From age 11 to age 16, I had a pen pal. We were really consistent about writing to each other the first few years. But then, the letters became more sporadic until we found each other on Facebook and stopped writing. The fact that my pen-palship ended doesn’t change the fact that I loved and still love receiving mail. Honestly, even if it’s something that I know is coming or that I’ve sent to myself, I get really excited when I find it waiting on my doorstep or in my mailbox. And there is something so special about reading a letter that was written for you. I think we’ve lost the art of letter writing, and there is no better time to pick it back up!
During the COVID-19 stay-at-home orders, my parents started writing letters to their parents. This prompted my sister to start writing letters to friends and family members on their birthday. Then I got to thinking: what if we took the time to write letters to people in our own congregation? What if we encouraged one another through letters? After all, many of the books in the Bible (particularly in the New Testament) were letters!
The first question you may be asking yourself is Who should I write to? Of course, the absolute best way to make sure that everyone receives a letter and feels loved in this specific way would be to organize a list and assign people to one another. However, I recognize that this would rate low on the authenticity scale and would take some manpower that you may not be able to find. This is supposed to be a simple tool to use to encourage one another! So that leaves us with who. Here are some questions to ask yourself:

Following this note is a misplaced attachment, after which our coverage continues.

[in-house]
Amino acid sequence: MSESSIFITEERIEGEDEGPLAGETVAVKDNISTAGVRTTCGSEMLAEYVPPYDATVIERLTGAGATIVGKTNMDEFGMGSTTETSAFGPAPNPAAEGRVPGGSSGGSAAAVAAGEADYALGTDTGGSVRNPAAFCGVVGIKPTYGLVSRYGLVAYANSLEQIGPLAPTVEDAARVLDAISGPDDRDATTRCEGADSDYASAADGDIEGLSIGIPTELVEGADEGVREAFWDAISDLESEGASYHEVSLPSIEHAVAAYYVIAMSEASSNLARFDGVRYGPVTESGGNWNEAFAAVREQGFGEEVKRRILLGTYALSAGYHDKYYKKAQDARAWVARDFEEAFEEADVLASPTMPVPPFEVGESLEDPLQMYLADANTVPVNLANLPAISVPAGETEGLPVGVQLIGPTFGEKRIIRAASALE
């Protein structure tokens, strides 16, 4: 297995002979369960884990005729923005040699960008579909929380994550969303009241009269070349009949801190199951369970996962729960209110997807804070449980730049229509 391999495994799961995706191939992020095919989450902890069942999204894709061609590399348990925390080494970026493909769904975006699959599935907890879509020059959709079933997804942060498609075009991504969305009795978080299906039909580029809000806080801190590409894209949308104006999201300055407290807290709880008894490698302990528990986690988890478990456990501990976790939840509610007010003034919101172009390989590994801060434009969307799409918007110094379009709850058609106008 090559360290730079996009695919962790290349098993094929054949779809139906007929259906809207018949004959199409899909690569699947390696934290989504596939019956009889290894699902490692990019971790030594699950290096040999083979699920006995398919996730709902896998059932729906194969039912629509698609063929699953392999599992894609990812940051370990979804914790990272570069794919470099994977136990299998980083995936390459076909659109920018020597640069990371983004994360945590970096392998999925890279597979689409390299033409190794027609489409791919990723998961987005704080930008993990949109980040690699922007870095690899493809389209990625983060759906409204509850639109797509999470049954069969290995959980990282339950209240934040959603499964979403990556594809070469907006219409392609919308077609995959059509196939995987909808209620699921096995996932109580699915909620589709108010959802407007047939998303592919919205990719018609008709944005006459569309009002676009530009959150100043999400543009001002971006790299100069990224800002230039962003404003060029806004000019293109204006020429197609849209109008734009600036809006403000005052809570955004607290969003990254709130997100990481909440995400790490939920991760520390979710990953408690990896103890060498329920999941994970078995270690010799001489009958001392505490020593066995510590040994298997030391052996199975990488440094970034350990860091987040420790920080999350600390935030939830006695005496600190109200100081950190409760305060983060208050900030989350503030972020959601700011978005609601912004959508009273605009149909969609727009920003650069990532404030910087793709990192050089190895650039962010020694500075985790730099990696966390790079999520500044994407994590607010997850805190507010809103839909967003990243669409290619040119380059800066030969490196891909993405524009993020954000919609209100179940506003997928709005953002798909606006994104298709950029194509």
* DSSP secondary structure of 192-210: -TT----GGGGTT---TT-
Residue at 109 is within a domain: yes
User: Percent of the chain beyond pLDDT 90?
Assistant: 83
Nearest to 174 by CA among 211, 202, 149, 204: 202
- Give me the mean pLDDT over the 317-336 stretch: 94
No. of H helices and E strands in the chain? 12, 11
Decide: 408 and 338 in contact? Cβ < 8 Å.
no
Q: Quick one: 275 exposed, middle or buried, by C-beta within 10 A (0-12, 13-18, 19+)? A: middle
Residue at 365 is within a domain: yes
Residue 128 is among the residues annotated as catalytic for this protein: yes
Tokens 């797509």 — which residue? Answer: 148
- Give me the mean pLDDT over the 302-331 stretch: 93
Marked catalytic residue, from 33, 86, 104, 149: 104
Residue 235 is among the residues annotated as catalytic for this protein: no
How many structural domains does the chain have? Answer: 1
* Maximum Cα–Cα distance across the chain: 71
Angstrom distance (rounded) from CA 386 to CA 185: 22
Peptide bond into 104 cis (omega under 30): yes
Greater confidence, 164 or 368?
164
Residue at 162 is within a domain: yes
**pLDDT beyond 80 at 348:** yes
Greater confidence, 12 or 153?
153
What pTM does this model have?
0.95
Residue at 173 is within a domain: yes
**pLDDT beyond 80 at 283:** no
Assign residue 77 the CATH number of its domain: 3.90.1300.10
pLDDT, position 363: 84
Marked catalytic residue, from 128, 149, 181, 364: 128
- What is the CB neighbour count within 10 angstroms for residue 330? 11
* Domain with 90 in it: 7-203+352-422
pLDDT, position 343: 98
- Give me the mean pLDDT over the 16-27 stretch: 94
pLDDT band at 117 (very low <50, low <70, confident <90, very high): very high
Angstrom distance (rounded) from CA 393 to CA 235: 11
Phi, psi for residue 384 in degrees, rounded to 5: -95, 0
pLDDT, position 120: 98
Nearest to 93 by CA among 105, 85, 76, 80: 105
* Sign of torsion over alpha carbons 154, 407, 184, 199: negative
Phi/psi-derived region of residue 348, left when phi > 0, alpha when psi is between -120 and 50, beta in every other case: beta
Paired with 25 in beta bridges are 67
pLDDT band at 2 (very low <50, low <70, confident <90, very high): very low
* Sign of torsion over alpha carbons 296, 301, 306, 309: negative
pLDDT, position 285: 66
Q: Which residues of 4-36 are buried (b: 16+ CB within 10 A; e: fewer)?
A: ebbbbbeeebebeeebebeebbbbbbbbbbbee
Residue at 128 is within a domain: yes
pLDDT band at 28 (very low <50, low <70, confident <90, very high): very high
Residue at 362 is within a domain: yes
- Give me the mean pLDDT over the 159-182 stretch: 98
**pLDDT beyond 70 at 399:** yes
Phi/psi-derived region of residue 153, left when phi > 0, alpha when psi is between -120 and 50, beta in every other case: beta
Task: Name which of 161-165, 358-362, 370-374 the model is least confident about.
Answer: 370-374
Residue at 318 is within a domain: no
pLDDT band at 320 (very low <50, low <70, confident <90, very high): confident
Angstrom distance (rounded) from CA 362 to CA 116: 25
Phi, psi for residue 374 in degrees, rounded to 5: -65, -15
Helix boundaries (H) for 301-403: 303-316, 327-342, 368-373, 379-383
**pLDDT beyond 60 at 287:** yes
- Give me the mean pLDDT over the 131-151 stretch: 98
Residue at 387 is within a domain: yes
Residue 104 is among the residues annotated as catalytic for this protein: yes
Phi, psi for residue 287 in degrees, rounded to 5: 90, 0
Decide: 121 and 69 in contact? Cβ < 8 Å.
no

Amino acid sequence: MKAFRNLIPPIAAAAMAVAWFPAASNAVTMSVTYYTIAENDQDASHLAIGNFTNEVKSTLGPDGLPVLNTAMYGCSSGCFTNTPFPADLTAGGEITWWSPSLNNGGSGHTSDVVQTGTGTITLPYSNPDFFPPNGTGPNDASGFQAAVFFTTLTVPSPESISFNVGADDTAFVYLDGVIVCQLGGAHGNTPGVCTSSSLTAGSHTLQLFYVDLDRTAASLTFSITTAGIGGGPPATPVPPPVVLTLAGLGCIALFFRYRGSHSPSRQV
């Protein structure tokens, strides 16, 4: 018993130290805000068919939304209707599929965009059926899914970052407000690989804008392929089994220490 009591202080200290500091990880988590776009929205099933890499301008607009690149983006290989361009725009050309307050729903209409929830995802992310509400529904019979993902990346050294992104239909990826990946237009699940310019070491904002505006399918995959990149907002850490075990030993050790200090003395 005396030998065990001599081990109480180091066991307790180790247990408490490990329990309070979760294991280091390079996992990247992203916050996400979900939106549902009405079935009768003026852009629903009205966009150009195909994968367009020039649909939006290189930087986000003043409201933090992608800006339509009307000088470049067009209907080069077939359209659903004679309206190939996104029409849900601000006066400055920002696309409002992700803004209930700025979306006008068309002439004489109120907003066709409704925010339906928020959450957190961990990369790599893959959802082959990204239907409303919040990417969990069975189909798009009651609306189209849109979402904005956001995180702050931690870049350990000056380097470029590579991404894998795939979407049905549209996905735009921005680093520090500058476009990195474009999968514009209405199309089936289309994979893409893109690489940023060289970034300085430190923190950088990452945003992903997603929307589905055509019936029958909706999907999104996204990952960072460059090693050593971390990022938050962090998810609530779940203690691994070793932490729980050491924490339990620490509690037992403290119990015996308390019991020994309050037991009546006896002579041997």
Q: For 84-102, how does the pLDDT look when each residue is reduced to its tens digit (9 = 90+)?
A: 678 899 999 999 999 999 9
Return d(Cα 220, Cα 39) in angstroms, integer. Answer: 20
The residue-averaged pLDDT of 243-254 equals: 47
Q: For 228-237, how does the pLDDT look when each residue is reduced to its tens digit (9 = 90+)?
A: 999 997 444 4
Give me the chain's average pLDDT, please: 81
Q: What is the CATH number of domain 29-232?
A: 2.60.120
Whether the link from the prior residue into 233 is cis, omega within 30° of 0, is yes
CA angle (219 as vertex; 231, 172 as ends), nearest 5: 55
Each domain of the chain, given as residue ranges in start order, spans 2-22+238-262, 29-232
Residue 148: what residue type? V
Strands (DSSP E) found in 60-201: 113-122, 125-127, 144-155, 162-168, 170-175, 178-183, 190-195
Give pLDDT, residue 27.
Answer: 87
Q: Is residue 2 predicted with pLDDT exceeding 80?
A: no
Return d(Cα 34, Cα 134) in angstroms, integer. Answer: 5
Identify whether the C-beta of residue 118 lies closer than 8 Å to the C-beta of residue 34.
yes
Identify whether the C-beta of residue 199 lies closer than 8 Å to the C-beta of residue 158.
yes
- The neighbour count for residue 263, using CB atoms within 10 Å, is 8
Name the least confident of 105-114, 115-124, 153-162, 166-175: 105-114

- Who typically sits near you in the pews?
- Who is someone you haven’t seen since the pandemic started?
- Who has gone through a big life change recently?
Once you pick someone, if you don’t have the person’s address, look in the church directory or ask your pastor.
Writer’s block gets us all, even with letter writing, and especially if you haven’t ever written a letter. As church members writing to other church members, we have the unique opportunity to remind each reader of his or her place as a child of God. So what do you write about? Here are some ideas:
- Share something you’ve recently read in your Bible.
- Recount something that you learned in the sermon last week.
- Tell how your prayers have been answered this week.
- Relate your hopes for the next year.
- Tell which hymns you feel especially uplifted by and why.
- Share how are you hoping to connect with this specific person in the coming months.
- Tell what Bible verse encourages you.
- Recount what you need prayers for.
I hope you are ready to send some letters to people in your congregation.
Now to Him who is able to strengthen you according to my gospel and the preaching of Jesus Christ, according to the revelation of the mystery that was kept secret for long ages but has now been disclosed and through the prophetic writings has been made known to all nations, according to the command of the eternal God, to bring about the obedience of faith—to the only wise God be glory forevermore through Jesus Christ! Amen. (Romans 16:25–27)